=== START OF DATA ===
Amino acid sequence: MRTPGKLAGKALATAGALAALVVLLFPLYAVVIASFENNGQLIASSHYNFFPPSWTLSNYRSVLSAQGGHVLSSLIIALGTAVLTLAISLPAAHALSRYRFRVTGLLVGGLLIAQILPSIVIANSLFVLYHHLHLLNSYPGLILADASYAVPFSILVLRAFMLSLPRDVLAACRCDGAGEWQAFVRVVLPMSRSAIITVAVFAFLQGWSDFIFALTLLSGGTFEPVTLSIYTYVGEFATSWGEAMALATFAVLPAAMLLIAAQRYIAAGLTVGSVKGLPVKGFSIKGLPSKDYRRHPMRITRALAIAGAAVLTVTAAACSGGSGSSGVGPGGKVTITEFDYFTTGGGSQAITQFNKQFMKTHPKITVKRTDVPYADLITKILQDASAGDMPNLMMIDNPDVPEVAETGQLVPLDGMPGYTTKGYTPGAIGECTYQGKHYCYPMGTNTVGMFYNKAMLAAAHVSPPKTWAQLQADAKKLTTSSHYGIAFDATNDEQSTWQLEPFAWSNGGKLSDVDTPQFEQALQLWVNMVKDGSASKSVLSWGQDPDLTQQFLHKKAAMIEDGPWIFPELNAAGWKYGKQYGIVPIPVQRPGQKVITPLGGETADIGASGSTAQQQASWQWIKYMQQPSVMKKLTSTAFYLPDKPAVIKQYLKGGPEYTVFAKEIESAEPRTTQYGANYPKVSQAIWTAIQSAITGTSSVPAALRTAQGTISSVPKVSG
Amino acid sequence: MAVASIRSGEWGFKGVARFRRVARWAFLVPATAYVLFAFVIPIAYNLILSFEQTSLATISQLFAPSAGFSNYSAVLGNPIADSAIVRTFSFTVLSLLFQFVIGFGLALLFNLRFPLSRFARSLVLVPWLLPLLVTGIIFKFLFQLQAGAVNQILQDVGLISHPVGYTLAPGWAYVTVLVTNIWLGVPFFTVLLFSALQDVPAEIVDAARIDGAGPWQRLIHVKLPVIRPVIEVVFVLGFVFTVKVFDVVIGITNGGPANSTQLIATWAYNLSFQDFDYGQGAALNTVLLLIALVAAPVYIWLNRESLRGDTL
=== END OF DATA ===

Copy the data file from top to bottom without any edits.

Amino acid sequence: MRTPGKLAGKALATAGALAALVVLLFPLYAVVIASFENNGQLIASSHYNFFPPSWTLSNYRSVLSAQGGHVLSSLIIALGTAVLTLAISLPAAHALSRYRFRVTGLLVGGLLIAQILPSIVIANSLFVLYHHLHLLNSYPGLILADASYAVPFSILVLRAFMLSLPRDVLAACRCDGAGEWQAFVRVVLPMSRSAIITVAVFAFLQGWSDFIFALTLLSGGTFEPVTLSIYTYVGEFATSWGEAMALATFAVLPAAMLLIAAQRYIAAGLTVGSVKGLPVKGFSIKGLPSKDYRRHPMRITRALAIAGAAVLTVTAAACSGGSGSSGVGPGGKVTITEFDYFTTGGGSQAITQFNKQFMKTHPKITVKRTDVPYADLITKILQDASAGDMPNLMMIDNPDVPEVAETGQLVPLDGMPGYTTKGYTPGAIGECTYQGKHYCYPMGTNTVGMFYNKAMLAAAHVSPPKTWAQLQADAKKLTTSSHYGIAFDATNDEQSTWQLEPFAWSNGGKLSDVDTPQFEQALQLWVNMVKDGSASKSVLSWGQDPDLTQQFLHKKAAMIEDGPWIFPELNAAGWKYGKQYGIVPIPVQRPGQKVITPLGGETADIGASGSTAQQQASWQWIKYMQQPSVMKKLTSTAFYLPDKPAVIKQYLKGGPEYTVFAKEIESAEPRTTQYGANYPKVSQAIWTAIQSAITGTSSVPAALRTAQGTISSVPKVSG
Amino acid sequence: MAVASIRSGEWGFKGVARFRRVARWAFLVPATAYVLFAFVIPIAYNLILSFEQTSLATISQLFAPSAGFSNYSAVLGNPIADSAIVRTFSFTVLSLLFQFVIGFGLALLFNLRFPLSRFARSLVLVPWLLPLLVTGIIFKFLFQLQAGAVNQILQDVGLISHPVGYTLAPGWAYVTVLVTNIWLGVPFFTVLLFSALQDVPAEIVDAARIDGAGPWQRLIHVKLPVIRPVIEVVFVLGFVFTVKVFDVVIGITNGGPANSTQLIATWAYNLSFQDFDYGQGAALNTVLLLIALVAAPVYIWLNRESLRGDTL